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Handling Illegal Interview Questions

Some questions are prohibited by federal law. Many times, interviewers ask inappropriate questions because they are unaware of the law. Some questions that seem illegal are not, because they relate directly to the position’s essential job functions. It is very important to research the job functions and the company before you interview.

  • A smart job hunter is aware of illegal questions, knows the available options, and stays cool and collected while responding. Here are some options to help you maintain professionalism.
  • Try to determine the interviewer’s motivation by asking, “I wonder why you would ask that question?” Based upon the response, decide whether or not to answer. Remember, some interviewers do not realize that they asked an illegal question.
  • Decline to answer politely by saying, “That question makes me feel uncomfortable. I’d rather not answer it.”
  • Contact the nearest Equal Employment Office if you feel you were denied a job due to discrimination. However, be aware that although you may have a legitimate claim, it can be difficult to prove.
  • Answer an illegal question if you choose.

Can Employers ask about...

Age:

Appropriate - Questions about age are only permitted if it is necessary to ensure that a person is legally old enough to do the job.

Inappropriate - Questions about age, dates of attending school, dates of military service, requests for birth certificate.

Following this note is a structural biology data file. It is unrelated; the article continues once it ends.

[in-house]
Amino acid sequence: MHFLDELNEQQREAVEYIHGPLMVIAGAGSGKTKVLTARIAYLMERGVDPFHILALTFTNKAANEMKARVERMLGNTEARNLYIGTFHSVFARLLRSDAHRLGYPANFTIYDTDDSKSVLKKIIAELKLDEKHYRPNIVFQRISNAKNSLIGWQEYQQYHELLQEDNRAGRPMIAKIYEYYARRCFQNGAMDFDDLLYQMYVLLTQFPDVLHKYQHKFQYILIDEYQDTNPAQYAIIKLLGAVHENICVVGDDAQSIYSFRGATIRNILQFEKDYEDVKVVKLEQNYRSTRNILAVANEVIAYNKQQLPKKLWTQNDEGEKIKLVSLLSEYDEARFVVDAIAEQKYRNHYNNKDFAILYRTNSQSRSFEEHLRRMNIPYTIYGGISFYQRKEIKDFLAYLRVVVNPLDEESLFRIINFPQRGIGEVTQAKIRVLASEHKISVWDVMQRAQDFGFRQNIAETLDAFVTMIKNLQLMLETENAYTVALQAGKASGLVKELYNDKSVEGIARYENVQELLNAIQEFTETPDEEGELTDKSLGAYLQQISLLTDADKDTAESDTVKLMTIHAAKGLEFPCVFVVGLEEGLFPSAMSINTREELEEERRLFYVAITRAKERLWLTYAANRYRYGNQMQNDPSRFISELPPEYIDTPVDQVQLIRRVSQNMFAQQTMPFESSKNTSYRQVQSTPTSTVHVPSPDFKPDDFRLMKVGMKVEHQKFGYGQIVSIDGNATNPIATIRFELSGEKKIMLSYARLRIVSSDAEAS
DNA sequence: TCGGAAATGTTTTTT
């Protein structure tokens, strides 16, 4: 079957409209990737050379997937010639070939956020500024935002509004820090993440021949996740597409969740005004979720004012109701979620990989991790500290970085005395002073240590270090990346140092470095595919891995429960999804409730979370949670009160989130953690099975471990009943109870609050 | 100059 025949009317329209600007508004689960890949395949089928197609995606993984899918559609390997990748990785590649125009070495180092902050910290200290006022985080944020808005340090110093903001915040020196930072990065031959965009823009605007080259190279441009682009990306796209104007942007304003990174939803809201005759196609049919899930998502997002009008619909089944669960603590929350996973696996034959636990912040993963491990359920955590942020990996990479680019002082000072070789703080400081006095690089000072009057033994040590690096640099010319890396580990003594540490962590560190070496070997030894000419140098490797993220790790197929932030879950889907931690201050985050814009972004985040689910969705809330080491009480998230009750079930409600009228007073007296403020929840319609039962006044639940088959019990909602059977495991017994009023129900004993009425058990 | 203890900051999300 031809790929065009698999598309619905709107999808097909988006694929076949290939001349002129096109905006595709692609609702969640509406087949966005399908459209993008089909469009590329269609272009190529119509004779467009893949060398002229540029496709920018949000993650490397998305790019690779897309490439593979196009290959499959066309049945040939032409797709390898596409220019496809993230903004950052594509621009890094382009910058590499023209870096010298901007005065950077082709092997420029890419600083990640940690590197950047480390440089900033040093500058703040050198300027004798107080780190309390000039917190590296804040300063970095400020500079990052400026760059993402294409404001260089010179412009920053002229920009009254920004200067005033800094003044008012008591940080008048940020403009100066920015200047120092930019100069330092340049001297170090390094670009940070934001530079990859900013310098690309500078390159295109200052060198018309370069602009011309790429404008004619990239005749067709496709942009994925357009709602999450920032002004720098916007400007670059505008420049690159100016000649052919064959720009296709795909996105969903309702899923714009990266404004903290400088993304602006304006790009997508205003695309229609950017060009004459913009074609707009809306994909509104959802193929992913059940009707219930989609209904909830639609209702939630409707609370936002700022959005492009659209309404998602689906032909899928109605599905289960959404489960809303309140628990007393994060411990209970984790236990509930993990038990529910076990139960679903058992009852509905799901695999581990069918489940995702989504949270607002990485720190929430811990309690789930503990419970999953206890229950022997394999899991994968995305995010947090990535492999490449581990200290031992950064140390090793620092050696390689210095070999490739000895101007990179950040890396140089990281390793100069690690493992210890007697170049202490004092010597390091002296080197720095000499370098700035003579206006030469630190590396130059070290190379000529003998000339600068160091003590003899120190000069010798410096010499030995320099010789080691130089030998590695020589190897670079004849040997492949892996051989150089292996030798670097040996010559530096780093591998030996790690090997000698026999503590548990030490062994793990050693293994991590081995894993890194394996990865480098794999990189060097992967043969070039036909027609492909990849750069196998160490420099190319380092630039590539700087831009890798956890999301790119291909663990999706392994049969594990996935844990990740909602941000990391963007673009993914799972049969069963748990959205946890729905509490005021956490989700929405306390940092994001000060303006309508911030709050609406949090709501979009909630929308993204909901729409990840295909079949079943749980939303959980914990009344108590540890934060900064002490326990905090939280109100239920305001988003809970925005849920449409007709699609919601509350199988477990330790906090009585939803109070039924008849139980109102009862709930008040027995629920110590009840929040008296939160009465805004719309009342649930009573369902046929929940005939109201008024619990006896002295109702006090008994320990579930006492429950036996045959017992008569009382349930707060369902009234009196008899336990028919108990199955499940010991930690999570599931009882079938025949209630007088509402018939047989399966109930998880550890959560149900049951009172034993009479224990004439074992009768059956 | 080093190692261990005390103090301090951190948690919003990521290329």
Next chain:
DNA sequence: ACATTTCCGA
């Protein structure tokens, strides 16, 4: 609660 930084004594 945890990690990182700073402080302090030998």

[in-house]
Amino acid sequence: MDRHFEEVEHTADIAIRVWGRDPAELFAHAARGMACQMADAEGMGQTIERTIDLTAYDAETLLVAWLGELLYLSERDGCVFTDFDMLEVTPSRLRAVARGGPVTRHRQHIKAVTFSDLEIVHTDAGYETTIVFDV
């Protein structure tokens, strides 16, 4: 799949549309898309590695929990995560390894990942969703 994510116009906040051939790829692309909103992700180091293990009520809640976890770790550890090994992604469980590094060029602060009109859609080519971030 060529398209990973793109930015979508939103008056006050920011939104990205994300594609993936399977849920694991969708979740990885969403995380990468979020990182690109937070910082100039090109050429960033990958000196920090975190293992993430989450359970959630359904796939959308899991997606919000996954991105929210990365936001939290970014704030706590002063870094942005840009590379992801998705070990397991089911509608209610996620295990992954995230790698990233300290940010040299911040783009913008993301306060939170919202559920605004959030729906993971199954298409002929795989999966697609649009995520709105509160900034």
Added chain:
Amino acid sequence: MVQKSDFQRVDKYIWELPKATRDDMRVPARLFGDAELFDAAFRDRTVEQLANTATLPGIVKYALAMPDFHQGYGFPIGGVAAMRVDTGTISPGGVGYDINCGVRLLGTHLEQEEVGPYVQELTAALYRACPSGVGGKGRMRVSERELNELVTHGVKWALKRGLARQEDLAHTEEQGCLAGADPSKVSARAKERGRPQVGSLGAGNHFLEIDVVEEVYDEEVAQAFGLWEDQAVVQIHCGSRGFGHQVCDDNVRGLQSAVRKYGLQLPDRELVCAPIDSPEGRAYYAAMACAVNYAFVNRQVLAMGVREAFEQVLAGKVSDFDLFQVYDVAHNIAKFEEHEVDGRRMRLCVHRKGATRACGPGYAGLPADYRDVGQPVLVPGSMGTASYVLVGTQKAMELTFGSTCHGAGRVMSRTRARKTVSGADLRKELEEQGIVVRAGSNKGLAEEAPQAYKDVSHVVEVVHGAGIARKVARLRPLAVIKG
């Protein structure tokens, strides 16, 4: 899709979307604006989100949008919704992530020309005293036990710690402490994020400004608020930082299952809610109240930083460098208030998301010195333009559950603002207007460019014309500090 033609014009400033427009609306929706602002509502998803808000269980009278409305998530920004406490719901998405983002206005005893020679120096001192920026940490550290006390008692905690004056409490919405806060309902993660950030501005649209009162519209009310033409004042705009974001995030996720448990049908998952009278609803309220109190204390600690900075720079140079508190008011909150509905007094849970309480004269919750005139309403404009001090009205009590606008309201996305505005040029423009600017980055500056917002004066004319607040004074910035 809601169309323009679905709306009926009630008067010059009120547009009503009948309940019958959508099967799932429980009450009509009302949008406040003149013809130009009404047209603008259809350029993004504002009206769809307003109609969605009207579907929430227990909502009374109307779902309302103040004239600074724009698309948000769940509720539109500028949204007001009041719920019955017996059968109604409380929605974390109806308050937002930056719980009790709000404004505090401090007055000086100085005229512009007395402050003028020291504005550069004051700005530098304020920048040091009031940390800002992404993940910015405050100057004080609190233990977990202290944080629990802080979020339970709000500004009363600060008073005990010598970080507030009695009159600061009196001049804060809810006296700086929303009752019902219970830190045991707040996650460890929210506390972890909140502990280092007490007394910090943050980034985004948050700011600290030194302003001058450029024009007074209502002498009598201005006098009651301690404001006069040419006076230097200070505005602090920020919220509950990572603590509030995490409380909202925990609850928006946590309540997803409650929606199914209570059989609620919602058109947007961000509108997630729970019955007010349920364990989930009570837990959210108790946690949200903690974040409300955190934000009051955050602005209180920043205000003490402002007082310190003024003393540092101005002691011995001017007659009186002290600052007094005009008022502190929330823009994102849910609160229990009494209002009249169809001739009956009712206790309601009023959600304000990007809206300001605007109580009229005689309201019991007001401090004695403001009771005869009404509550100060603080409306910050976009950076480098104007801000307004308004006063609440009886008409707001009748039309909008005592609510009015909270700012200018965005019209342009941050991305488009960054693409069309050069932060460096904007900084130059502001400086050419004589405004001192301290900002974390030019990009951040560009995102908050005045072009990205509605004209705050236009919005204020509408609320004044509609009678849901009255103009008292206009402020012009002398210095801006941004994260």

Address:

Appropriate: What is your address?

Inappropriate: Do you own or rent your home? How long have you lived at your current residence?

Arrest Record/Conviction:

Appropriate: May ask about arrests or pending charges if they are substantially related to the job. May let applicant know that a policy requires a background check prior to hire.

Inappropriate: Questions about arrests or pending charges for jobs other than those that are substantially related to the particular job.

Citizenship/National Origin

Appropriate: May ask about legal authorization to work in the specific position if all applicants are asked.

Inappropriate: Are you a US Citizen? Where were your parents born?

Disability:

Appropriate: Are you able to perform the essential functions of this job - with or without accommodations? Questions about knowledge of skills necessary to perform the job requirements.

Inappropriate: Do you have a disability? What is the nature or severity of your disability?

Family/Marital Status:

Appropriate: Whether an applicant can meet work schedules or job requirements. If asking, should ask all applicants.

Inappropriate: Any inquiry about marital status: married, single, separated, divorced, and engaged; children, pregnancy or child care plans.

Military:

Appropriate: Type of education and experience in service as it relates to a particular job.

Inappropriate: Type of discharge or registration status.

Name:

Appropriate: May ask current legal name. "Is additional information, such as different name or nickname necessary in order to check job references?"

Inappropriate: Questions about national origin, ancestry, or prior marital status.

Organizations:

Appropriate: Inquires about professional organizations related to the position

Inappropriate: Inquires about organizations that might indicate race, sex, religion, or national origin.

Religion

Appropriate: Describe the work schedule and ask whether applicant can work that schedule. If asking, should ask all applicants

Inappropriate: Inquires on religious preferences, affiliations, or denominations.

Sexual Orientation:

Appropriate: None.

Inappropriate: Inquires about sexual orientation. Inquires revealing stereotypes for certain sexual orientation.

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